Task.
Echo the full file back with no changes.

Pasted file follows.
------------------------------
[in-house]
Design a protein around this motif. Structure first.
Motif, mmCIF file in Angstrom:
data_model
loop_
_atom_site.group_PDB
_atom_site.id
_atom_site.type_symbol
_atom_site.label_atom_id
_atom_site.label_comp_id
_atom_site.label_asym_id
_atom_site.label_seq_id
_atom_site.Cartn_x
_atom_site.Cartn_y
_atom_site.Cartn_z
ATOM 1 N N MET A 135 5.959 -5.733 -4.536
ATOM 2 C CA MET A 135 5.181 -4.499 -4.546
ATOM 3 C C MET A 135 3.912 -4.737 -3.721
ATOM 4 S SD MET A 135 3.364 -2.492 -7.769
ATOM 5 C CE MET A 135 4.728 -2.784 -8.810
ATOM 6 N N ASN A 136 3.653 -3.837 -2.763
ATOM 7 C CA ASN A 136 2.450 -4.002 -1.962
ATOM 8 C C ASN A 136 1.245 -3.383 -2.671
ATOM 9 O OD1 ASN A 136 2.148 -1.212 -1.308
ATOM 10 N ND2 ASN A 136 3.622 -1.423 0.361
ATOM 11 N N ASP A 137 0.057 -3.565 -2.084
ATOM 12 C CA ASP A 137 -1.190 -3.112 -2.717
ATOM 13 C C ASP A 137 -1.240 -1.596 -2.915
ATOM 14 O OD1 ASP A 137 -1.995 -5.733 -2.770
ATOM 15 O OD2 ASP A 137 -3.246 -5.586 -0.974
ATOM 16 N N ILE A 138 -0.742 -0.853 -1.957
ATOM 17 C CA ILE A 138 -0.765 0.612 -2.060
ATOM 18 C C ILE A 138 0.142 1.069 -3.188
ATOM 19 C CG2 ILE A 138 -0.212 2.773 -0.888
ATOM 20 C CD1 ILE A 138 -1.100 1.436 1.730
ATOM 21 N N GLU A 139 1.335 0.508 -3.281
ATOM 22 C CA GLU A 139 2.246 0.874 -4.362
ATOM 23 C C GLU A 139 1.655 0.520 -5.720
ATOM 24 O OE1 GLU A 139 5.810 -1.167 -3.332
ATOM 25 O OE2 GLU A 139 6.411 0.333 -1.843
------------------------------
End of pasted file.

[in-house]
Design a protein around this motif. Structure first.
Motif, mmCIF file in Angstrom:
data_model
loop_
_atom_site.group_PDB
_atom_site.id
_atom_site.type_symbol
_atom_site.label_atom_id
_atom_site.label_comp_id
_atom_site.label_asym_id
_atom_site.label_seq_id
_atom_site.Cartn_x
_atom_site.Cartn_y
_atom_site.Cartn_z
ATOM 1 N N MET A 135 5.959 -5.733 -4.536
ATOM 2 C CA MET A 135 5.181 -4.499 -4.546
ATOM 3 C C MET A 135 3.912 -4.737 -3.721
ATOM 4 S SD MET A 135 3.364 -2.492 -7.769
ATOM 5 C CE MET A 135 4.728 -2.784 -8.810
ATOM 6 N N ASN A 136 3.653 -3.837 -2.763
ATOM 7 C CA ASN A 136 2.450 -4.002 -1.962
ATOM 8 C C ASN A 136 1.245 -3.383 -2.671
ATOM 9 O OD1 ASN A 136 2.148 -1.212 -1.308
ATOM 10 N ND2 ASN A 136 3.622 -1.423 0.361
ATOM 11 N N ASP A 137 0.057 -3.565 -2.084
ATOM 12 C CA ASP A 137 -1.190 -3.112 -2.717
ATOM 13 C C ASP A 137 -1.240 -1.596 -2.915
ATOM 14 O OD1 ASP A 137 -1.995 -5.733 -2.770
ATOM 15 O OD2 ASP A 137 -3.246 -5.586 -0.974
ATOM 16 N N ILE A 138 -0.742 -0.853 -1.957
ATOM 17 C CA ILE A 138 -0.765 0.612 -2.060
ATOM 18 C C ILE A 138 0.142 1.069 -3.188
ATOM 19 C CG2 ILE A 138 -0.212 2.773 -0.888
ATOM 20 C CD1 ILE A 138 -1.100 1.436 1.730
ATOM 21 N N GLU A 139 1.335 0.508 -3.281
ATOM 22 C CA GLU A 139 2.246 0.874 -4.362
ATOM 23 C C GLU A 139 1.655 0.520 -5.720
ATOM 24 O OE1 GLU A 139 5.810 -1.167 -3.332
ATOM 25 O OE2 GLU A 139 6.411 0.333 -1.843